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RE: Consequences of SOAP GET to Web Services?

From: Vinoski, Stephen <steve.vinoski@iona.com>
Date: Mon, 17 Jun 2002 16:28:35 -0400
Message-ID: <4F4A31A61D72604FAF84C29C8EA28481093ADA@amereast-ems1.IONAGLOBAL.COM>
To: "Mark Baker" <distobj@acm.org>, "Newcomer, Eric" <Eric.Newcomer@iona.com>
Cc: <www-ws-arch@w3.org>

> Eric,
> 
> On Sun, Jun 16, 2002 at 11:54:23AM -0400, Eric Newcomer wrote:
> > I don't see Web services succeeding by following either the 
> strict "align
> > with the Web" or "align with existing distributed computing 
> technologies"
> > but rather by finding a happy marriage, or a happy medium.  
> To me that's the
> > main challenge, and by going too much in one direction or 
> the other we can
> > just as easily fail.
> 
> Well, I agree strongly that the members of the WG have to take this
> journey for themselves, and I'm not intending to short circuit that
> trip.  But just as strongly, I believe that what they will find when
> they do this is that strictly aligning with the Web will do what they
> want.
> 
> Respectfully, I'd ask that you withhold judgement on which approach is
> best until it's clear what "align with the Web" means.

Whenever a new encapsulation/integration technology like Web Services comes along, a number of people start jumping through hoops trying to map their favorite underlying technology directly up through to the new level. They always end up failing because they failed to learn up front what many others before them learned the hard way on previous technologies. The lesson they're missing is that generally, neither the semantics nor the abstractions of the lower layers map cleanly through to the upper layers. Such mapping works trivially for trivial problems, but it becomes hopelessly complicated when you try to generalize it and automate it. (I wish I had a dime for everyone who's ever asked me how to automatically turn their C++ or Java objects into CORBA objects or EJBs, a quarter for the number of empty promises I've heard from those who say that they've come up with a way to automatically solve such problems, and a dollar for everyone I now hear making the same claims in the Web Services arena.) See [1] fora detailed description of some of the problems and issues in this space. A message from Mike Champion [2] laments the fact that this "middleware bridging" problem is so "labor intensive, fragile, and expensive," and expresses the hope that SOAP can help. Perhaps it can help, but it can't eliminate the problem. One simply cannot get away from the need for human beings to address and resolve mismatches of semantics and abstractions.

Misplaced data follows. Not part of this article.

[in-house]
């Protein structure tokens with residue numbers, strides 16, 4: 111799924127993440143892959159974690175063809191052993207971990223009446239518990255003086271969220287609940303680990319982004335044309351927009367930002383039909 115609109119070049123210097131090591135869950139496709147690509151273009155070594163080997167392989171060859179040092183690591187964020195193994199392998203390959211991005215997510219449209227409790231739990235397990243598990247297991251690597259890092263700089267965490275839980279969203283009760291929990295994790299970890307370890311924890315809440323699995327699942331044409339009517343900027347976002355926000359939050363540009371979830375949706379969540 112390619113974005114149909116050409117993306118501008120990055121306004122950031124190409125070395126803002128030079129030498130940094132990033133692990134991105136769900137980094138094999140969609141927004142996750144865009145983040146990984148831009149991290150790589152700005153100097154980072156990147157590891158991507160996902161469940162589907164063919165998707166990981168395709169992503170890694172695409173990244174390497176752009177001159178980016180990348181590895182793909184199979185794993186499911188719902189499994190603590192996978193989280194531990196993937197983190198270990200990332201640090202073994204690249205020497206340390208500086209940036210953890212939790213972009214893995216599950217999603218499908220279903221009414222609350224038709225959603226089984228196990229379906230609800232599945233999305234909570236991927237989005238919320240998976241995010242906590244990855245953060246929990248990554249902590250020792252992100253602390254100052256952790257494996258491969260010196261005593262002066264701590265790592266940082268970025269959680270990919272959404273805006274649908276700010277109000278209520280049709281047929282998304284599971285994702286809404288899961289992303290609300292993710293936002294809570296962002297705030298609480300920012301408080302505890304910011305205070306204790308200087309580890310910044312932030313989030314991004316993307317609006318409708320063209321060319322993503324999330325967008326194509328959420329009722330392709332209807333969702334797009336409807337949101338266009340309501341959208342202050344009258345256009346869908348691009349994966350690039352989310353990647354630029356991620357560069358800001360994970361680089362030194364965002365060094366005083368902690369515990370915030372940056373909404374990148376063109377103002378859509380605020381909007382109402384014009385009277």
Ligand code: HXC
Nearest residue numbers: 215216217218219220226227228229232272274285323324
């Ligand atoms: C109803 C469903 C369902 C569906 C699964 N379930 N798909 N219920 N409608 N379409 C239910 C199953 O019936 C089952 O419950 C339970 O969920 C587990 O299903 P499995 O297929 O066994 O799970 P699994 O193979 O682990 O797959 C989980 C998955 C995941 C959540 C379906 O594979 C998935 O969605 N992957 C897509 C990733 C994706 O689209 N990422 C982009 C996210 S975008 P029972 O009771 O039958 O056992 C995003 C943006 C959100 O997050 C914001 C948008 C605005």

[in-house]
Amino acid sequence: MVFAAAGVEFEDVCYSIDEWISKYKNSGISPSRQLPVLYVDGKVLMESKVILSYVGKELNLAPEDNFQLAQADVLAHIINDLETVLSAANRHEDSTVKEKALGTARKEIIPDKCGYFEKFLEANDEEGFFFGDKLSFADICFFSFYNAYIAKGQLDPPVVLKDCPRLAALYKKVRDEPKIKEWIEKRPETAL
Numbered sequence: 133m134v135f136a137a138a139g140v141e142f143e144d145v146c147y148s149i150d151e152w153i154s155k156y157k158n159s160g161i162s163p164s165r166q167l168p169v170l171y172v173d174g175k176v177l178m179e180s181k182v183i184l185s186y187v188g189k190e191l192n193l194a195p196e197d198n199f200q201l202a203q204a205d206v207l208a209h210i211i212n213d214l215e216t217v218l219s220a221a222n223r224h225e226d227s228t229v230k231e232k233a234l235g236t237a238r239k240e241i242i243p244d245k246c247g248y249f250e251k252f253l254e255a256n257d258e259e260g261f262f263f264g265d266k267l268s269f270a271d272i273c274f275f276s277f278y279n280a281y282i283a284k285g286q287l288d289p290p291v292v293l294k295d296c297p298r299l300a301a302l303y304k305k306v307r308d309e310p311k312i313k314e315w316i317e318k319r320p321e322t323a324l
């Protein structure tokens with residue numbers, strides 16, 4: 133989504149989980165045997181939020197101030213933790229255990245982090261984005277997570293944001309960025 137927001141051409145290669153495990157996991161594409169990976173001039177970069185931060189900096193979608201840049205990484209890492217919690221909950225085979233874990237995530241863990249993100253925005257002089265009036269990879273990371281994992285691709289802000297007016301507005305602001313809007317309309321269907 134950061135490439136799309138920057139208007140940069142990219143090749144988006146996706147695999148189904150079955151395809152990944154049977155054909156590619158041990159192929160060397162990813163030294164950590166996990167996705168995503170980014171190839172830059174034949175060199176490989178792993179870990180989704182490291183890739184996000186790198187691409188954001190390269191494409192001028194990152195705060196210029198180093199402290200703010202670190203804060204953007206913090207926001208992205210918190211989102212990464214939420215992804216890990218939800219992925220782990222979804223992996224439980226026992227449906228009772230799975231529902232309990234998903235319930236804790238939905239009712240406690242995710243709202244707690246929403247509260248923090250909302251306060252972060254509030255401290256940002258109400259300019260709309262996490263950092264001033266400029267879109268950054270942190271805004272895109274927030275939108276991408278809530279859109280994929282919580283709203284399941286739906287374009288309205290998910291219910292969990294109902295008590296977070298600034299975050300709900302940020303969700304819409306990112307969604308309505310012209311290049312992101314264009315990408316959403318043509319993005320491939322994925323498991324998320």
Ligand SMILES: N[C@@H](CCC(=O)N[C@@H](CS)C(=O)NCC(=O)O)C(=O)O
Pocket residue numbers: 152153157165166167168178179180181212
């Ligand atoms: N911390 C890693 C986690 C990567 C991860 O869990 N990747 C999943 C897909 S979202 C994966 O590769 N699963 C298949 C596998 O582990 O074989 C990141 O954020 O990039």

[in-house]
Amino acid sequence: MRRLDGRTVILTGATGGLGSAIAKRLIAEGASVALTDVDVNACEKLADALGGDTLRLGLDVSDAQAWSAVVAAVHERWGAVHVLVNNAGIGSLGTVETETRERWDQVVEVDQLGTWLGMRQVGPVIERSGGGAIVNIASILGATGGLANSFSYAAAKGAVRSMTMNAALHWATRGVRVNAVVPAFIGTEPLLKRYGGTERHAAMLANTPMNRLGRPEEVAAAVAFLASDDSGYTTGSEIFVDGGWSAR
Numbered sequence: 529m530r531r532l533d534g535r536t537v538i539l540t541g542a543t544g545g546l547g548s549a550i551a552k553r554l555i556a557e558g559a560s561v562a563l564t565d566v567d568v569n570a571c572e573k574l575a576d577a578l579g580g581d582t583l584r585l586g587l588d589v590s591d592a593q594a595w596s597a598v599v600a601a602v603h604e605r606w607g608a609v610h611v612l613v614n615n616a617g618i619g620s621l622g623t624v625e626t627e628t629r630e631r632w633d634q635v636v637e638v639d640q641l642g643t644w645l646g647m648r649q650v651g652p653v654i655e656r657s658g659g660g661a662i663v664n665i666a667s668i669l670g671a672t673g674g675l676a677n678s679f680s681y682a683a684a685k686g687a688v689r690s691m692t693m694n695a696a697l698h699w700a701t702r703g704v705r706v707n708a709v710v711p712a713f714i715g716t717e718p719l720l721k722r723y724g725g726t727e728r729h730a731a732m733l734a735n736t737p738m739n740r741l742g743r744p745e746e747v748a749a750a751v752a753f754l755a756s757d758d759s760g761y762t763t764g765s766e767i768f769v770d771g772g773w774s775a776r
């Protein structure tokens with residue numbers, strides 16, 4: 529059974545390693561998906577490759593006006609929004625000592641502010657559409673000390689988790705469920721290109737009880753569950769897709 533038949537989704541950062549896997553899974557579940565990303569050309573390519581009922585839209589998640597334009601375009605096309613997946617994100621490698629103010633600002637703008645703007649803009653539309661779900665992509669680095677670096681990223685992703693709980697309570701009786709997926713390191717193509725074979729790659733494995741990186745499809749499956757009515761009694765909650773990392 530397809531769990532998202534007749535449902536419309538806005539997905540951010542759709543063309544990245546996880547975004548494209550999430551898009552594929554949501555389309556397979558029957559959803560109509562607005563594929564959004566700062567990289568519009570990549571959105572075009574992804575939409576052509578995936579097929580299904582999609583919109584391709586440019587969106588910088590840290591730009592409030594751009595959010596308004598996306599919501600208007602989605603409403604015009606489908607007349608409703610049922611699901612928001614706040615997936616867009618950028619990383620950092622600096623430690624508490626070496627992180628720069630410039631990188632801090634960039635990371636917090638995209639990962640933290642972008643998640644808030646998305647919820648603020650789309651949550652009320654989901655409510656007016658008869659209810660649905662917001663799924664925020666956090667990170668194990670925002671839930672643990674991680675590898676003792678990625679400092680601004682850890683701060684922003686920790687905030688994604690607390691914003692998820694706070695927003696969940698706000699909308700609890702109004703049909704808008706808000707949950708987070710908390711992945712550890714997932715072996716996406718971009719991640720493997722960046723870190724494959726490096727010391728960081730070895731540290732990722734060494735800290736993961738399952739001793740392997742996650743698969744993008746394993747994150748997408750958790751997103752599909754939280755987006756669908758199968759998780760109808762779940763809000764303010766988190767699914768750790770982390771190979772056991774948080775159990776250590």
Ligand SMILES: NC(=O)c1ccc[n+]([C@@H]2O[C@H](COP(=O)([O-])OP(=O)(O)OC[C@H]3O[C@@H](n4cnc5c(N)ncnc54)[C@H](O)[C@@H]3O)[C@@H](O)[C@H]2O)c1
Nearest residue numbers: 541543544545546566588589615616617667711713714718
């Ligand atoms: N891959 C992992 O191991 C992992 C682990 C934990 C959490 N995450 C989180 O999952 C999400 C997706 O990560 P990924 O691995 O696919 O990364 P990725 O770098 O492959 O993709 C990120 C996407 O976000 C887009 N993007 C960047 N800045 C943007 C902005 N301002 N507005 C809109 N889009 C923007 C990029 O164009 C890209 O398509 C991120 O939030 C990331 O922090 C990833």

There are numerous websites in operation today that offer their services through the HTTP application protocol "interface" while implementing those services in a fully encapsulated manner in the back end via J2EE, CORBA, Microsoft technologies, scripting languages, databases, mainframes, etc. This obviously works, and works well, despite the fact that there's an obvious impedance mismatch between the HTTP way of doing things and the back-end ways of doing things. Arguments that state that Web Services architecture must resemble the architectures of these back-end technologies in order to be able to integrate with them are fully refuted by the existence and operation of the Web itself.

Eric's point about finding a middle ground is true. However, one does not find a middle ground by putting all the technologies involved into a bag and drawing them at random. In today's websites, some technologies are good only for the web side, whereas others are good only for the back end. One way to interpret Mark Baker's position is that the only thing that we know for certain that works on the web side of the Web Services equation is the Web itself, and so we should be looking there for the answers. The abstractions and semantics associated with the various back end technologies we know and love are known to work well only in the back end, not on the web. Simply assuming that they'll work on the web side of the equation is a huge assumption, and IMO a poor one at that. You are much more likely to reach a practical middle ground if you start out from a known working position.

--steve

[1] Vinoski, Steve. "Web Services Interaction Models, Part 1: Current Practice," IEEE
Internet Computing, May/June 2002, 6(3), pp. 89-91. <http://computer.org/internet/ic2002/w3toc.htm>.
[2] <http://lists.w3.org/Archives/Public/www-ws-arch/2002May/0383.html>
Received on Monday, 17 June 2002 16:30:01 GMT

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